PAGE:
SOCCER/ Japan’s FC Korea takes aim at JFL

SOCCER/ Japan’s FC Korea takes aim at JFL

A soccer team in Japan made up of North and South Korean nationals that has its roots dating back to the swinging 1960s has been an inspiration to Koreans living in Japan for decades.

Now, FC Korea is hoping to take things a step further as it embarks on a quest for promotion to the Japan Football League.

FC Korea currently plays in the top division of the Kanto region amateur league. The JFL is the third division of Japan’s soccer league–behind the professional J.League first and second divisions–and consists of amateur and corporate teams as well as club teams aiming for the top flight.

FC Korea hopes that its promotion to the JFL will give a sense of pride to children of Korean descent living in Japan. This is the club’s biggest challenge yet.

At practice, the players for FC Korea communicate in Japanese, but for actual matches they shout to one another in their native Korean.

“We use Korean so our opponents don’t understand us,” says 24-year-old forward Kang Ho.

This season, the team placed seventh in the Kanto top division, barely escaping relegation by winning their last two matches. With that momentum, they won the national amateur tournament in October and won a berth to the finals of the national-level regional league.

FC Korea’s predecessor was formed in 1961. Back then, the players were hired by the General Association of Korean Residents (Chongryon), and therefore, were considered professionals. The team was promising, with some players representing North Korea at international matches.

But the team wasn’t allowed to play in official games in Japan because the number of non-Japanese players on the team exceeded the limit for official games.

After the team was allowed to join Tokyo’s fourth-division league as a semi-member in 1995, it went on to win the top league in 1998. But after that, the team struggled due to financial problems caused by the economic recession and an increase of North Korean players entering the J.League ranks. In 1999, Chongryon disbanded the team.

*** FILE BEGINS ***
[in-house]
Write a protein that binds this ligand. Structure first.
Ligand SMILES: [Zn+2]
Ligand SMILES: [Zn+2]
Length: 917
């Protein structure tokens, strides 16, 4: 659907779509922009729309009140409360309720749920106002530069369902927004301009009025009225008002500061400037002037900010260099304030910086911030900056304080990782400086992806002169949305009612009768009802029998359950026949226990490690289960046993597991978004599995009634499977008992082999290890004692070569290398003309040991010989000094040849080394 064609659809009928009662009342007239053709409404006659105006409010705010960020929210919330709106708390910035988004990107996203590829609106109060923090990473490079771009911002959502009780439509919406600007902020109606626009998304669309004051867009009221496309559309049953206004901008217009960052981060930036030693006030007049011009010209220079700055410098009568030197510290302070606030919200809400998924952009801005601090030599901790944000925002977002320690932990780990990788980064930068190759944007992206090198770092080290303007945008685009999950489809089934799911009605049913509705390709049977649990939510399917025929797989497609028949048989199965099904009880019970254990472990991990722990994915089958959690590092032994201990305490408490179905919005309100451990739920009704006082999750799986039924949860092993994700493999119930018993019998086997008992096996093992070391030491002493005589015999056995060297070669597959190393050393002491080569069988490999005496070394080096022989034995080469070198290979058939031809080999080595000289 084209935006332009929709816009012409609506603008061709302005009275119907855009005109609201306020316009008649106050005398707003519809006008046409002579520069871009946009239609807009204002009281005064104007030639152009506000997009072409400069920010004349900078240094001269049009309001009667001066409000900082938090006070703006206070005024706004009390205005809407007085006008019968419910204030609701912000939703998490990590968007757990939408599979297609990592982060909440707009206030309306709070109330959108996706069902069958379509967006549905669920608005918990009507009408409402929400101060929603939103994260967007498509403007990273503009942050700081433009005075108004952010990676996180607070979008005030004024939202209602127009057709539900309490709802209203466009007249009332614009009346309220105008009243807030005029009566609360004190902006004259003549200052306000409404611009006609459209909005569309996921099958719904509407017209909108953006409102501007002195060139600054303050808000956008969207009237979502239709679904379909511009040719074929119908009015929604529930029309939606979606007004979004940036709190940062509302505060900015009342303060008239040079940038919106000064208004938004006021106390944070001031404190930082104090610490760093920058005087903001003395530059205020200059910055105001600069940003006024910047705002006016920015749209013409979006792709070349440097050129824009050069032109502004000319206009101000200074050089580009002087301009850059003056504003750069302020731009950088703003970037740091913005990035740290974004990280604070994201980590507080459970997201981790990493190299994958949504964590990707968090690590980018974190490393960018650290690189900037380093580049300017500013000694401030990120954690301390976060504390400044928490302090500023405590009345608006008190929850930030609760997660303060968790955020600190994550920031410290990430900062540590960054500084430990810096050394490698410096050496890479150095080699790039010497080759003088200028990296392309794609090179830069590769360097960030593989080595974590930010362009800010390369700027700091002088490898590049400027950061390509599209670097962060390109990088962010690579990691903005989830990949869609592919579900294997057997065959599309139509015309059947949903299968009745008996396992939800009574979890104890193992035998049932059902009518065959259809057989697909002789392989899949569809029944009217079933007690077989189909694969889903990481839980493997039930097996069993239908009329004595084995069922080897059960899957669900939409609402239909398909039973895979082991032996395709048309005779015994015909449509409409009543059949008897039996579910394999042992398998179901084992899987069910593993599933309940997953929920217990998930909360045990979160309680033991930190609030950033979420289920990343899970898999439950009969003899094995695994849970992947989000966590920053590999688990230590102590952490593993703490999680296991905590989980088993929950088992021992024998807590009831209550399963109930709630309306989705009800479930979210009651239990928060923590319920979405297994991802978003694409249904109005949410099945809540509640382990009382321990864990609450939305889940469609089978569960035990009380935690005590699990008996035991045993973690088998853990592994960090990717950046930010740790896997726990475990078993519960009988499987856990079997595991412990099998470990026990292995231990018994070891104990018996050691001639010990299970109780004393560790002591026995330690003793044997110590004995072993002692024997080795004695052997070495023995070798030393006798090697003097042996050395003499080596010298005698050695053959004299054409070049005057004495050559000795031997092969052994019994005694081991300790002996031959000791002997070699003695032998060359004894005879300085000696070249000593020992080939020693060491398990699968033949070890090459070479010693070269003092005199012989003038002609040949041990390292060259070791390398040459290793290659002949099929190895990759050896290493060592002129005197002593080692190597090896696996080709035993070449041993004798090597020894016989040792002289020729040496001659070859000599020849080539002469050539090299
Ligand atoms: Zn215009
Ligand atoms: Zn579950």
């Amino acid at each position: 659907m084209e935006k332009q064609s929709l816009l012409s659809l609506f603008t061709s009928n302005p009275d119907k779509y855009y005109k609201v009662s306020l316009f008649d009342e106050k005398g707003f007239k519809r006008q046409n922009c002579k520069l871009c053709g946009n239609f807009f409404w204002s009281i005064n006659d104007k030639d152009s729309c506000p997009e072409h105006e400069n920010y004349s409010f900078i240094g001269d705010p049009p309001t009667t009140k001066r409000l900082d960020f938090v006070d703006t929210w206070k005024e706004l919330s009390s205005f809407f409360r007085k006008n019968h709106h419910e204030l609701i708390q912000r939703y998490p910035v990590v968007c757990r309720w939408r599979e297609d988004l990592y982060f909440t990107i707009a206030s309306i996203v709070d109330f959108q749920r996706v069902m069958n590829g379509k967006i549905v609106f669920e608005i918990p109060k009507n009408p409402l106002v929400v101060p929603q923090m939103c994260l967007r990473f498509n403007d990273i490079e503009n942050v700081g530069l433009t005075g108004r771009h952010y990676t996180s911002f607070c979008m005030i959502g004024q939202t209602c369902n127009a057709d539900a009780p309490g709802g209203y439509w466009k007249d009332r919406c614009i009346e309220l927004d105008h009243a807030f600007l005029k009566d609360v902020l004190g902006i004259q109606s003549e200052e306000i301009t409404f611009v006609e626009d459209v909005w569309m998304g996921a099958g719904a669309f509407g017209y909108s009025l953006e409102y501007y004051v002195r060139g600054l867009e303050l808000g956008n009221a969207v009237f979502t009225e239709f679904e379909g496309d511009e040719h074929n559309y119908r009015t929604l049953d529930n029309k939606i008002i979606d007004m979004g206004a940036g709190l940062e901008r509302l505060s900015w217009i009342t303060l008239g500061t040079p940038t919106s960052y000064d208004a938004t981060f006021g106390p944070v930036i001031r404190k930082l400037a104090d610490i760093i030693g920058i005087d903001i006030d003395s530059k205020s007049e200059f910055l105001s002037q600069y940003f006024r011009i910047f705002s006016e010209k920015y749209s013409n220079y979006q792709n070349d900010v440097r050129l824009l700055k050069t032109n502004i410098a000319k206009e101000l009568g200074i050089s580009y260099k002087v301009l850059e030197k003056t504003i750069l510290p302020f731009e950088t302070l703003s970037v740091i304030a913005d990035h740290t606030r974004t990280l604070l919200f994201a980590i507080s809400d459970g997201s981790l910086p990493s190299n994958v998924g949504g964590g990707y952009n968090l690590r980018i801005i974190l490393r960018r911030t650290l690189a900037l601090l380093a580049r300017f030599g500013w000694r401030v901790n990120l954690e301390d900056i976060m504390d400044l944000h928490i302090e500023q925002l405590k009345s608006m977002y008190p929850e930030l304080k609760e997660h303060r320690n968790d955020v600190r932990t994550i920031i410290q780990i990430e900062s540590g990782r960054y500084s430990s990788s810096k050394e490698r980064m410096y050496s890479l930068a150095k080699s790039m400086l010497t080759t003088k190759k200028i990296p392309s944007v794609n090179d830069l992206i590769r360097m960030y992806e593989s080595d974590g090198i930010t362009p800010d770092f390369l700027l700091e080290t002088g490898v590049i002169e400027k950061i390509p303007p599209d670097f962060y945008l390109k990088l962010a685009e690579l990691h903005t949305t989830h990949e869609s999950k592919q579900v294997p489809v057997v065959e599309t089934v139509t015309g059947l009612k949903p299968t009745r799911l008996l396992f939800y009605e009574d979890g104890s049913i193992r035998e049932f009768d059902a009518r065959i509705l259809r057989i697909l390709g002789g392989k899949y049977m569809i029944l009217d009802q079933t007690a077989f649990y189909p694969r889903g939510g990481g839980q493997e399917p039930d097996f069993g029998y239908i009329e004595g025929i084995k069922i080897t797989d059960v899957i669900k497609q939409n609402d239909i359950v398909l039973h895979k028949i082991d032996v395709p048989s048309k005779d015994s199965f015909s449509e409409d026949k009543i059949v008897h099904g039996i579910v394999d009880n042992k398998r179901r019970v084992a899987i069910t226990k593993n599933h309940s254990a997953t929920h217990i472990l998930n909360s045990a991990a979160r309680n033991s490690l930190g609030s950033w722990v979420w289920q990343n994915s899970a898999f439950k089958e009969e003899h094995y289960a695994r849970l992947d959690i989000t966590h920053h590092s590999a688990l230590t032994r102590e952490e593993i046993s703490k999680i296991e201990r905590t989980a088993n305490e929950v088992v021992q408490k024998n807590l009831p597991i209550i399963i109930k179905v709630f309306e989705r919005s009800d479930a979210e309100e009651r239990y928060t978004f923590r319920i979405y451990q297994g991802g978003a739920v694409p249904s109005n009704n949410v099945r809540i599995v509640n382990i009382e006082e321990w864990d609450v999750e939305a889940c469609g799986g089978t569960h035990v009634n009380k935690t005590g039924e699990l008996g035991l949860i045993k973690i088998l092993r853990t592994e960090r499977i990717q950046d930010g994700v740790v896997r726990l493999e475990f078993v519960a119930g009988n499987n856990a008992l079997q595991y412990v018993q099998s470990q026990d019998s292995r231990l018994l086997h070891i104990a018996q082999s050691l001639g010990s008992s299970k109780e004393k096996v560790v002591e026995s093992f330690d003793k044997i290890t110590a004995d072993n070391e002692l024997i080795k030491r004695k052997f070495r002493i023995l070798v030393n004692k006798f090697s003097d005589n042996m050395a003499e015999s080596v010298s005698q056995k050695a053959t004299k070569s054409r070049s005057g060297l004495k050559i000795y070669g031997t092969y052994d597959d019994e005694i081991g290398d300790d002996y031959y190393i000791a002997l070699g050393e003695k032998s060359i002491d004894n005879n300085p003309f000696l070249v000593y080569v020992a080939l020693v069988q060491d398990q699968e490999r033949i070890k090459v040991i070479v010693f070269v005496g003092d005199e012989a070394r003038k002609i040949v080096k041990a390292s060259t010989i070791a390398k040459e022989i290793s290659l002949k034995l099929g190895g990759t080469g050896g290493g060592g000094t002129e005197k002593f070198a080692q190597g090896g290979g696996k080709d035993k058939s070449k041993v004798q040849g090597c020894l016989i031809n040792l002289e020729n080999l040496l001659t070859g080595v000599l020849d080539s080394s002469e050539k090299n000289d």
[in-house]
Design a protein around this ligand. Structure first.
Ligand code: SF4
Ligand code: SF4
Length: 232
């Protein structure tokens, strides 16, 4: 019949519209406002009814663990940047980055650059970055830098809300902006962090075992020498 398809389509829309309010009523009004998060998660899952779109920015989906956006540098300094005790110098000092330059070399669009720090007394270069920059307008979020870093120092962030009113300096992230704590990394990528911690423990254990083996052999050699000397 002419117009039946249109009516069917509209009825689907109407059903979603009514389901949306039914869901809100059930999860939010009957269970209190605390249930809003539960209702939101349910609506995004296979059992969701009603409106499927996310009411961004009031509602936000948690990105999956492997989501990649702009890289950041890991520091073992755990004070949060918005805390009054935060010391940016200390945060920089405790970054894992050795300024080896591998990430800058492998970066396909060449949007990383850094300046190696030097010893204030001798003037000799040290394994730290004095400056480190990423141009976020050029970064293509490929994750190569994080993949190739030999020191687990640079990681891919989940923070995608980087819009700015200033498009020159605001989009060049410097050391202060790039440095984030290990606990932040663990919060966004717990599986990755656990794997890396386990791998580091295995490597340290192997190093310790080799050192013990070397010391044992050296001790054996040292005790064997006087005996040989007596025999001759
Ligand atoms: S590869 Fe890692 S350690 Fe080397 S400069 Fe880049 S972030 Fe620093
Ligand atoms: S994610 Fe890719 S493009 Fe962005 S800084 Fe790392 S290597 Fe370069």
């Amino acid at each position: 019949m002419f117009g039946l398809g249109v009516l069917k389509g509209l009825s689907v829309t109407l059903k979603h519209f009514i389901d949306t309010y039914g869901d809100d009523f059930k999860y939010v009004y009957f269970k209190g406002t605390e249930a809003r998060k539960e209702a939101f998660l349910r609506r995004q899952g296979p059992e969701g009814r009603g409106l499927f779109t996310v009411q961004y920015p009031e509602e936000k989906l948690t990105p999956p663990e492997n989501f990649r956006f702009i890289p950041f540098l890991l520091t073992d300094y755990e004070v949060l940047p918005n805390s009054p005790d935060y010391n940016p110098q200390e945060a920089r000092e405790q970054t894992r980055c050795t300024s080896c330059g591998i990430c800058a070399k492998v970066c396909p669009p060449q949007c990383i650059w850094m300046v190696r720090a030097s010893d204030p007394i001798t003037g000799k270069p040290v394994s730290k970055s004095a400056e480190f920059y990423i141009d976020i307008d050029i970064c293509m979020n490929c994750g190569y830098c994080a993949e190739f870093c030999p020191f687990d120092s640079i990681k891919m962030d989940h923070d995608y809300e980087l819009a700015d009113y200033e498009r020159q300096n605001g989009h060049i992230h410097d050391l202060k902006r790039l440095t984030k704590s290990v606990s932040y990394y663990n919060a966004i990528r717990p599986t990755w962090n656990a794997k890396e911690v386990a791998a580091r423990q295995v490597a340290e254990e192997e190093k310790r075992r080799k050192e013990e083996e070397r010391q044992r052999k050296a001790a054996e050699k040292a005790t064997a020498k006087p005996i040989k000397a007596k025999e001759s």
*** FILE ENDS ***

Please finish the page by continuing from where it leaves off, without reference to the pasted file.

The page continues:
In 2002, the team was reborn under its new name, FC Korea, and run by a nonprofit organization.

“Among us Koreans living in Japan, there is no distinction between North and South Koreans,” says team manager Seong Chan Ho. “We accept anyone who has roots in Korea.”

FC Korea currently consists of 80 percent South Korean nationals and 20 percent North Korean nationals, according to Seong, 41.

Many of the players are third- or fourth-generation Korean-Japanese who are not the type to enthusiastically emphasize their ethnic background. Many members join simply because they want to play soccer. Attitudes of many have changed since joining the club, and they are proud to represent Koreans living in Japan.

Captain and midfielder Park Se-hoon had been approached by a J.League team in the past. But because the team’s quota for one Korean player was already filled, the team official said he would hire Park only if he acquired Japanese citizenship. Park turned down the offer.

“When I realized that that’s the only kind of offer I’m going to get, I began thinking about how I can help lead the Korean-Japanese soccer players,” Park, 27, says. “FC Korea became very important to me.”

Midfielder Che Kangyon says that during a team trip to Nagano earlier this year, local children of Korean descent were excited to see them play.

“Even if I can’t be a professional or a member of the North Korean national team, I want to show people that we Korean-Japanese can play in the JFL,” Che, 24, says.
By TORU NAKAKOJI/ Staff Writer

FC Korea Captain Park Se-hoon, left, takes a shot during a practice match. (Shiro Nishihata)